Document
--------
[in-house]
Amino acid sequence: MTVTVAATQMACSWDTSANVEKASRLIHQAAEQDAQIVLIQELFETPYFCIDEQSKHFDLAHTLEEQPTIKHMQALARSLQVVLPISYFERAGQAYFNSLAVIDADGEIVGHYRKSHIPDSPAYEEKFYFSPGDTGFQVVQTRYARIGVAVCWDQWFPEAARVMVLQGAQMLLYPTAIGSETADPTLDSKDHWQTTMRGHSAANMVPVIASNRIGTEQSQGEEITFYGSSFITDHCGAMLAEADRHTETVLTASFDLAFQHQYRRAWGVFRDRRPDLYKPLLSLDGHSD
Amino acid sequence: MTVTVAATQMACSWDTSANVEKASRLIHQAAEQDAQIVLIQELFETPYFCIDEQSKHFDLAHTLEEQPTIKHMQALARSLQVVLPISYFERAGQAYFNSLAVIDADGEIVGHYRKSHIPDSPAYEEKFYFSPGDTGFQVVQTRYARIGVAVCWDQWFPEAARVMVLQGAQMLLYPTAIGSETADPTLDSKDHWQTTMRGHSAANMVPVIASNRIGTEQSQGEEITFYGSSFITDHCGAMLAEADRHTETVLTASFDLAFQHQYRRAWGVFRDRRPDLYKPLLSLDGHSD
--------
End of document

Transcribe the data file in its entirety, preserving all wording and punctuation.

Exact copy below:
[in-house]
Amino acid sequence: MTVTVAATQMACSWDTSANVEKASRLIHQAAEQDAQIVLIQELFETPYFCIDEQSKHFDLAHTLEEQPTIKHMQALARSLQVVLPISYFERAGQAYFNSLAVIDADGEIVGHYRKSHIPDSPAYEEKFYFSPGDTGFQVVQTRYARIGVAVCWDQWFPEAARVMVLQGAQMLLYPTAIGSETADPTLDSKDHWQTTMRGHSAANMVPVIASNRIGTEQSQGEEITFYGSSFITDHCGAMLAEADRHTETVLTASFDLAFQHQYRRAWGVFRDRRPDLYKPLLSLDGHSD
Amino acid sequence: MTVTVAATQMACSWDTSANVEKASRLIHQAAEQDAQIVLIQELFETPYFCIDEQSKHFDLAHTLEEQPTIKHMQALARSLQVVLPISYFERAGQAYFNSLAVIDADGEIVGHYRKSHIPDSPAYEEKFYFSPGDTGFQVVQTRYARIGVAVCWDQWFPEAARVMVLQGAQMLLYPTAIGSETADPTLDSKDHWQTTMRGHSAANMVPVIASNRIGTEQSQGEEITFYGSSFITDHCGAMLAEADRHTETVLTASFDLAFQHQYRRAWGVFRDRRPDLYKPLLSLDGHSD